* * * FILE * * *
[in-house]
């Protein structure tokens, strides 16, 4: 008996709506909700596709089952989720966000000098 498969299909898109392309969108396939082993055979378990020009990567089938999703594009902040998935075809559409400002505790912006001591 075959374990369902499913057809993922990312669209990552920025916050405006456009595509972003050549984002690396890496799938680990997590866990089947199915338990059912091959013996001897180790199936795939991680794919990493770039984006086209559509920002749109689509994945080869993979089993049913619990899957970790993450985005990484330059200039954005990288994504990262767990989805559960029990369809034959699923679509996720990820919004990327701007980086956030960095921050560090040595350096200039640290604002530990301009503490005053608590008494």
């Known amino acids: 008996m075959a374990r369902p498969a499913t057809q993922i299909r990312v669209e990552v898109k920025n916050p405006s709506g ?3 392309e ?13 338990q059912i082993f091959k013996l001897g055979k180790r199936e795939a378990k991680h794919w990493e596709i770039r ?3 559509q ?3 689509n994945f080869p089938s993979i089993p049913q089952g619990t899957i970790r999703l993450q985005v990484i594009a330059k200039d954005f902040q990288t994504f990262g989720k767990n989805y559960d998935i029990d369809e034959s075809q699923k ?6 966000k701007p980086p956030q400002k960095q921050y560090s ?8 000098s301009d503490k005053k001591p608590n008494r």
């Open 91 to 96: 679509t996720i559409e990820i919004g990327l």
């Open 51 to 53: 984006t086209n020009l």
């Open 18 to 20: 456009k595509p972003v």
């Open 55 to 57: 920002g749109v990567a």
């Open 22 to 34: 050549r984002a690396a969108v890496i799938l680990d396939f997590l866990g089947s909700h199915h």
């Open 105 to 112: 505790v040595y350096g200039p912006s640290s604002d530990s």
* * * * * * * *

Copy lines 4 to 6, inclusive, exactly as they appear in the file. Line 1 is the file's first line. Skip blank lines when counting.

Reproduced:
């Open 91 to 96: 679509t996720i559409e990820i919004g990327l």
């Open 51 to 53: 984006t086209n020009l």
């Open 18 to 20: 456009k595509p972003v």